Let's say you've just gunned down your best friend in a fit of rage over a gambling debt. Remorseful, you dial up 911 and tell the operator that your pal's dead and it's all your fault.
Normally, such a confession, recorded on a 911 call, would pretty much guarantee a guilty verdict on a homicide rap. But not if state House Representative Judy Burges -- a.k.a., Sand Land's Batty Birther Queen -- and other far-right wackadoodles, such as state Representatives Carl Seel and David Gowan have their way.
They and their cohorts in the state House are sponsoring a get-out-of-jail-free card for confessed murderers. Well, at least for those murderers who confess on a 911 call.
Here's the language from House Bill 2583. You can't make this stuff up.
A. IF A PERSON IS DIRECTLY OR INDIRECTLY INVOLVED IN AN ACT THAT INVOLVES THE THREATENED OR ACTUAL USE OF DEADLY PHYSICAL FORCE AND THE PERSON PROMPTLY REPORTS THE ACT TO AN APPROPRIATE AUTHORITY FOR THE PURPOSE OF OBTAINING EMERGENCY MEDICAL CARE OR POLICE SERVICES, THE PERSON'S STATEMENT IS NOT ADMISSIBLE IN A CRIMINAL PROSECUTION OR A CIVIL ACTION AGAINST THAT PERSON, EXCEPT FOR THE PURPOSES OF IMPEACHMENT.
B. NOTWITHSTANDING ANY OTHER LAW, A STATEMENT THAT IS NOT ADMISSIBLE PURSUANT TO SUBSECTION A OF THIS SECTION IS NOT A PUBLIC RECORD AND SHALL NOT BE DISCLOSED TO THE PUBLIC IN ANY MANNER.
Not only would the confession not be admissible, it wouldn't even be subject to a public records request.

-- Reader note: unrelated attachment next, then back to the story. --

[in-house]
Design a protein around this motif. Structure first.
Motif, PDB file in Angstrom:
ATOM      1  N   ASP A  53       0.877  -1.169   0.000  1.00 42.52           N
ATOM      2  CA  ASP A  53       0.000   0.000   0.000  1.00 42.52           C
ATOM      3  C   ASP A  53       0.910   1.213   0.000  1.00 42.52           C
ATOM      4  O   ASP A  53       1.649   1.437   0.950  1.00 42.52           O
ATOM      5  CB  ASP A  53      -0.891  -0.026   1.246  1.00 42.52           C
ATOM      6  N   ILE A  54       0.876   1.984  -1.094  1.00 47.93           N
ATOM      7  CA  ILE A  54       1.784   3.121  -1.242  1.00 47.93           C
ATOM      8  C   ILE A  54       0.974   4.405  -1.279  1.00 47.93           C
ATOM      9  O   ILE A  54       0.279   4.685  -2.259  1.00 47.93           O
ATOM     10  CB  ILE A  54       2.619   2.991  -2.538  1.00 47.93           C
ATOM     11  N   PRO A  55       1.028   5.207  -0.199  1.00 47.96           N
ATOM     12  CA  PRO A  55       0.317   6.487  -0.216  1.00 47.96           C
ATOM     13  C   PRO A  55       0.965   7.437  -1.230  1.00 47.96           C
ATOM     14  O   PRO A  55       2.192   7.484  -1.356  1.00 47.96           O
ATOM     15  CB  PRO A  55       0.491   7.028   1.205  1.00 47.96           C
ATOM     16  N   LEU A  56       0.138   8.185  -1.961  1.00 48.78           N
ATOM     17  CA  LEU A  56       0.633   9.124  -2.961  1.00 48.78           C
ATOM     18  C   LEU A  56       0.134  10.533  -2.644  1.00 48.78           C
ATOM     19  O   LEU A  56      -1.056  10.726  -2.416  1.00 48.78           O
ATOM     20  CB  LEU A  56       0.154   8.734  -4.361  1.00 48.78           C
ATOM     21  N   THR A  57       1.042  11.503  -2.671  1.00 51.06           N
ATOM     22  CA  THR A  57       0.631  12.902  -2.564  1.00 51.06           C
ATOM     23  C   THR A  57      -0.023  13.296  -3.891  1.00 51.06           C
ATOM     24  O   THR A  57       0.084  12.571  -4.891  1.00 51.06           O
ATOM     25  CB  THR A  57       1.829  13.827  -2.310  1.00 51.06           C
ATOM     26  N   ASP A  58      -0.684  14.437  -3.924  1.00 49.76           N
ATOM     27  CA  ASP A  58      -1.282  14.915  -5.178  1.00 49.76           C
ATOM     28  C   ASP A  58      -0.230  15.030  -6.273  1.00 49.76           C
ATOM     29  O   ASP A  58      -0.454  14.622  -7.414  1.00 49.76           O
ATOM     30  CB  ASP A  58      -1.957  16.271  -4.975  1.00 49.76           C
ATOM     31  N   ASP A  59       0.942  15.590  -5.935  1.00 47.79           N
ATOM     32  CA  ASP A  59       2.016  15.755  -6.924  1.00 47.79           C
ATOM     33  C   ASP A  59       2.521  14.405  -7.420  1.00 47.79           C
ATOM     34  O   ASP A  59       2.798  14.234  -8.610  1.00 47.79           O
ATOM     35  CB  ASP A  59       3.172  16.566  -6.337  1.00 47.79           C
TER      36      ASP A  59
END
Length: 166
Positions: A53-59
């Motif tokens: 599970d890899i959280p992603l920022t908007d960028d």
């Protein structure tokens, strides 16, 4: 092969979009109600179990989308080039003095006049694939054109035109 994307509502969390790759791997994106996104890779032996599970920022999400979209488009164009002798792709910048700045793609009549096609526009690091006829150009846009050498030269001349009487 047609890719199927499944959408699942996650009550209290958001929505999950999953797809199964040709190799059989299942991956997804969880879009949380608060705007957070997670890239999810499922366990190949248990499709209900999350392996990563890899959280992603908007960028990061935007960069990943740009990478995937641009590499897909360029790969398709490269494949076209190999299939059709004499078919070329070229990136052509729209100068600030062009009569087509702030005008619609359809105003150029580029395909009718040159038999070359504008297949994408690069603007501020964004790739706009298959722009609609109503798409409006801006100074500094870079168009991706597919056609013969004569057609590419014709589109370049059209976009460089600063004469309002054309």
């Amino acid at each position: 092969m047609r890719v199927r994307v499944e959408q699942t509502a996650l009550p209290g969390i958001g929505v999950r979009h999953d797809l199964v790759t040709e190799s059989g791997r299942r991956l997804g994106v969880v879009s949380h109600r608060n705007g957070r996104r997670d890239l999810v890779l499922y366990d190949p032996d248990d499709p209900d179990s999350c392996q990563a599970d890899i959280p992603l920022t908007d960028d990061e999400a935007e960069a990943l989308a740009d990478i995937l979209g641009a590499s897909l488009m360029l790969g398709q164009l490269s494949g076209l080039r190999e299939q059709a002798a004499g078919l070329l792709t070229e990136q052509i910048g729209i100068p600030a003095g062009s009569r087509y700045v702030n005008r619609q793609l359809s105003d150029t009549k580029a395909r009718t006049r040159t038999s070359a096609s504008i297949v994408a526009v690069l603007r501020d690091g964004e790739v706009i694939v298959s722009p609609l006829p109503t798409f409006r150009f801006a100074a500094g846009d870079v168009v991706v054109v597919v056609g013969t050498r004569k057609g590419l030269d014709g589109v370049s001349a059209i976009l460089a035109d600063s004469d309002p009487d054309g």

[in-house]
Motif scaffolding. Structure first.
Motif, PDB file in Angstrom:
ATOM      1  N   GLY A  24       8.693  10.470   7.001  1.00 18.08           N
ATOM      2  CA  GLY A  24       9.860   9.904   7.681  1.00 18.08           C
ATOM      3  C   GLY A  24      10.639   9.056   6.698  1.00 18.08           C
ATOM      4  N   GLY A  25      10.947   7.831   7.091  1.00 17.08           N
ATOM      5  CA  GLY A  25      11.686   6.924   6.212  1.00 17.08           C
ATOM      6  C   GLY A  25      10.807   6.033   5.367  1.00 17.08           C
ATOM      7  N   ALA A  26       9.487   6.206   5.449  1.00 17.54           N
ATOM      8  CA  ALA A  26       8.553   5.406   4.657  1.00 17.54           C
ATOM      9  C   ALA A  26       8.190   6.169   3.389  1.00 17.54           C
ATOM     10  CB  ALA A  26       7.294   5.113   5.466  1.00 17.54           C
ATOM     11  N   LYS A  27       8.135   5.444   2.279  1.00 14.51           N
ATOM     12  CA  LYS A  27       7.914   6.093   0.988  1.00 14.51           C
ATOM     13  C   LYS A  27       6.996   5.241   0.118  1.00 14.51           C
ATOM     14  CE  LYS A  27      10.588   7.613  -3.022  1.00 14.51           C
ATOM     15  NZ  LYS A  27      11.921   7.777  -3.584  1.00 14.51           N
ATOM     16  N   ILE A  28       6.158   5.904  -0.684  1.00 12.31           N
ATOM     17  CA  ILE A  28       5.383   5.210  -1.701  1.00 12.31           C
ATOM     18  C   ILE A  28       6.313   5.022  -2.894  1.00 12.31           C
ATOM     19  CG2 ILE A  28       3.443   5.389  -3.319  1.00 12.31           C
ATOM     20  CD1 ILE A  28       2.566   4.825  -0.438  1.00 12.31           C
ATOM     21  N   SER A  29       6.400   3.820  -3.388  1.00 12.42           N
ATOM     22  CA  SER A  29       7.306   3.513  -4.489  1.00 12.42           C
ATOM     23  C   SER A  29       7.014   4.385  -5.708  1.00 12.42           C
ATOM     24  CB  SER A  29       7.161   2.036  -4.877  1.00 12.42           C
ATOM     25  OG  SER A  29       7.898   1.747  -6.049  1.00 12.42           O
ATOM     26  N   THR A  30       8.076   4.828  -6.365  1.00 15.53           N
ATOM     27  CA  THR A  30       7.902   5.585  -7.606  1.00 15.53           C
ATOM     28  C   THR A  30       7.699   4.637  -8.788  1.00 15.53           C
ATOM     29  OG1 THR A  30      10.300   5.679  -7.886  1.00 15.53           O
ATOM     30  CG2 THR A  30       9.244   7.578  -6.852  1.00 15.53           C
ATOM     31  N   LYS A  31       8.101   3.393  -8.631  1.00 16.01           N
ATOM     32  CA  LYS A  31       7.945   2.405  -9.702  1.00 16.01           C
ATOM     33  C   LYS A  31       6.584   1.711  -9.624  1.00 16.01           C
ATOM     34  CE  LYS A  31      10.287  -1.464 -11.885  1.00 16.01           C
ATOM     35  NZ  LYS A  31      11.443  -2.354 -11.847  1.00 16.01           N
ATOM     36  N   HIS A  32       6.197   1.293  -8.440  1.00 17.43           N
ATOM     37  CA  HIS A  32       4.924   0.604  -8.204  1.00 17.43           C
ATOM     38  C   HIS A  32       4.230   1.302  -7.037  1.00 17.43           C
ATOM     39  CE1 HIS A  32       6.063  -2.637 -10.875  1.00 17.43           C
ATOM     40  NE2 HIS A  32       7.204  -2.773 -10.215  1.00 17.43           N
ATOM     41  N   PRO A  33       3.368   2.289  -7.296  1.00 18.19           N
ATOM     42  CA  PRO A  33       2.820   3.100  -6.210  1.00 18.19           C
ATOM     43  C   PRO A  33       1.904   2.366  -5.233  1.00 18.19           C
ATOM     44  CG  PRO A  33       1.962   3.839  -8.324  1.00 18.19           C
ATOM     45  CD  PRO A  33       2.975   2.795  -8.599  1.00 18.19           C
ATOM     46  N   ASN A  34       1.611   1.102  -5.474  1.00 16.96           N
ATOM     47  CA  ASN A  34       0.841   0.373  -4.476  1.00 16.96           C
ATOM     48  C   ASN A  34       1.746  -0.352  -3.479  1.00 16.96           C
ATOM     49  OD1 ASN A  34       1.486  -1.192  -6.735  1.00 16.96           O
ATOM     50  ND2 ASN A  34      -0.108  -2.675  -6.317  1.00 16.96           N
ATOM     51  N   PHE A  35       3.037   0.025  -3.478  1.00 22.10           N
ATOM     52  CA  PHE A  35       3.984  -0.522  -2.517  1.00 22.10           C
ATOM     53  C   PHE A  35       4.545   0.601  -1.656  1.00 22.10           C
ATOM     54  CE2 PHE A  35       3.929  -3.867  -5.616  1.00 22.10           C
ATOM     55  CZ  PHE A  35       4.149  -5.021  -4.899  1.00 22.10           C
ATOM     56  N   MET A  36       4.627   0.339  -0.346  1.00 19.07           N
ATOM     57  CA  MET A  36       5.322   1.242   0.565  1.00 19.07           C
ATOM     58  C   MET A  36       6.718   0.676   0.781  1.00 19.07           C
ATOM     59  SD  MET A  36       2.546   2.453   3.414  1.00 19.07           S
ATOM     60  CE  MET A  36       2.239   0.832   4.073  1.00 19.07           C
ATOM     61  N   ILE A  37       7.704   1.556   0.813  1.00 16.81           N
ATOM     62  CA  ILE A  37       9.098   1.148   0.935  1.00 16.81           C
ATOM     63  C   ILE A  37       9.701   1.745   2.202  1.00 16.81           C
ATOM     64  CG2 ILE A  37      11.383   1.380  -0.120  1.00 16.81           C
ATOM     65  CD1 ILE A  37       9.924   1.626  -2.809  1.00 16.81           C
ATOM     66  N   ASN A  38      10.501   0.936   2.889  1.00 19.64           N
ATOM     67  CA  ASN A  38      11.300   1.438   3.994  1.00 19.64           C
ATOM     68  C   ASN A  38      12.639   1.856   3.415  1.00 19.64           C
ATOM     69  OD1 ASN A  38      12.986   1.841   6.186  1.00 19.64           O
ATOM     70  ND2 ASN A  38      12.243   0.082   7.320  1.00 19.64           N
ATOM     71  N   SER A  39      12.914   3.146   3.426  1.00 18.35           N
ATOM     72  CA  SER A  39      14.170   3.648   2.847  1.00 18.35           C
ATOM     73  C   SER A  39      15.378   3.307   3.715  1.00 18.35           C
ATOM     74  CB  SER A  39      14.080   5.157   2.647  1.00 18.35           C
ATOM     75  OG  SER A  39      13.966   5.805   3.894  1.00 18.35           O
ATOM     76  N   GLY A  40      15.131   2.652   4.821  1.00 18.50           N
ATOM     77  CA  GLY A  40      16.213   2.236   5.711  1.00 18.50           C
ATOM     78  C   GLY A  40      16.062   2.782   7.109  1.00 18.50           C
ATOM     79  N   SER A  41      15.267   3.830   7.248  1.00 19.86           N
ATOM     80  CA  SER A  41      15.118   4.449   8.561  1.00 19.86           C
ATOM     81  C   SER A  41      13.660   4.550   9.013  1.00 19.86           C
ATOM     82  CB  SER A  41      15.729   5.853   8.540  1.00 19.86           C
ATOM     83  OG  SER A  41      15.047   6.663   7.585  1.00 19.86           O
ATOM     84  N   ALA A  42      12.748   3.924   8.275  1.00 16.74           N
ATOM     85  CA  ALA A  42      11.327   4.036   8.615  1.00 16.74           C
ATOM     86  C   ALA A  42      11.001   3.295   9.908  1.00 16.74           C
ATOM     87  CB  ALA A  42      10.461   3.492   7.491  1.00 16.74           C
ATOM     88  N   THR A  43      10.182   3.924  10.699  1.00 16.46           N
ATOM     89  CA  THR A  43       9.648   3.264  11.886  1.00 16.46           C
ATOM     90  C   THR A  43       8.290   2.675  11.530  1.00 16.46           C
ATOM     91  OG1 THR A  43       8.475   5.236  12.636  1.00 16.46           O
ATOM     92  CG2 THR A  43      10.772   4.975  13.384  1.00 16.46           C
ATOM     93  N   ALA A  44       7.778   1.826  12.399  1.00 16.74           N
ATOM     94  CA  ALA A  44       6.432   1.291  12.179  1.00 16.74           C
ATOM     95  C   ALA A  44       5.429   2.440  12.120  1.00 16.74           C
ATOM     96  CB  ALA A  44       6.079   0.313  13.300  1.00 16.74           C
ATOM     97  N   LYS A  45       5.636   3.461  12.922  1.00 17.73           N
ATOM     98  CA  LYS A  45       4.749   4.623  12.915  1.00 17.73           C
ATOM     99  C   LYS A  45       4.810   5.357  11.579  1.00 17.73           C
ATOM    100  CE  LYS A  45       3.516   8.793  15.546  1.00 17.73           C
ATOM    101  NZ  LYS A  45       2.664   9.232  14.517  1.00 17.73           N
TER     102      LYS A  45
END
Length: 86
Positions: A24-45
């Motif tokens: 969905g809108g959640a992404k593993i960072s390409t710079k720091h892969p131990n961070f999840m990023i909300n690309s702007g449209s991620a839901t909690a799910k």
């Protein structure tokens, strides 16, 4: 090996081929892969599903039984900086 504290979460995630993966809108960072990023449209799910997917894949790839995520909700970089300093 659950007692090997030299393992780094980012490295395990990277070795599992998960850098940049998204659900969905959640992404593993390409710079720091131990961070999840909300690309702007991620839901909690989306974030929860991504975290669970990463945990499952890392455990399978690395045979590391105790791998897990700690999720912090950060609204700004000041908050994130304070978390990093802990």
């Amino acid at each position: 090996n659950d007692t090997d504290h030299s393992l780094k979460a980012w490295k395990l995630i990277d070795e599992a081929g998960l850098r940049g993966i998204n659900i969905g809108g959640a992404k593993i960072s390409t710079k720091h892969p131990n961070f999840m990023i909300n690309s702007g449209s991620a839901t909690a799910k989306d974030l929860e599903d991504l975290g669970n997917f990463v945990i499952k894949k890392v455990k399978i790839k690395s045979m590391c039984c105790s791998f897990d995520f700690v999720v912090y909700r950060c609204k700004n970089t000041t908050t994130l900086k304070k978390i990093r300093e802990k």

Wacky? Yes, but there's a twisted reason behind it that's based on good old fashioned gun-nuttery.
See gun nuts, and their legislative backers, want to be able to kill people with impunity, and claim self-defense.
So whenever there's a case where someone kills an unarmed person, and ends up getting convicted for it, the Arizona legislature gets to work trying to make sure such convictions never occur again.
This happened in the case of Harold Fish, the Arizona man convicted in 2006 of second degree murder. Fish had shot and killed an unarmed transient while hiking, saying that he feared for his life because the man was charging him.
The legislature jumped in and shifted the burden of proof in self-defense cases from the defense to the prosecution. It didn't help Fish, though he eventually beat the rap on appeal in any case.
Burges' bill seems a legislative answer to the conviction of Phoenix store owner Roger Garfield, who killed an unarmed homeless man, and was later found guilty of manslaughter.
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Garfield, like Fish, claimed self-defense, but his claim was belied by statements he made -- you guessed it -- in 911 calls he'd made during a previous encounter with the same man. Those tapes were played during Garfield's trial.
If Burges' bill had been law at that time, maybe Garfield would've skated.
Because if you're unarmed in Arizona and are blown away by some scaredy-cat white dude with a gun fetish, you get what you deserve.
Or so the gun freaks seem to believe.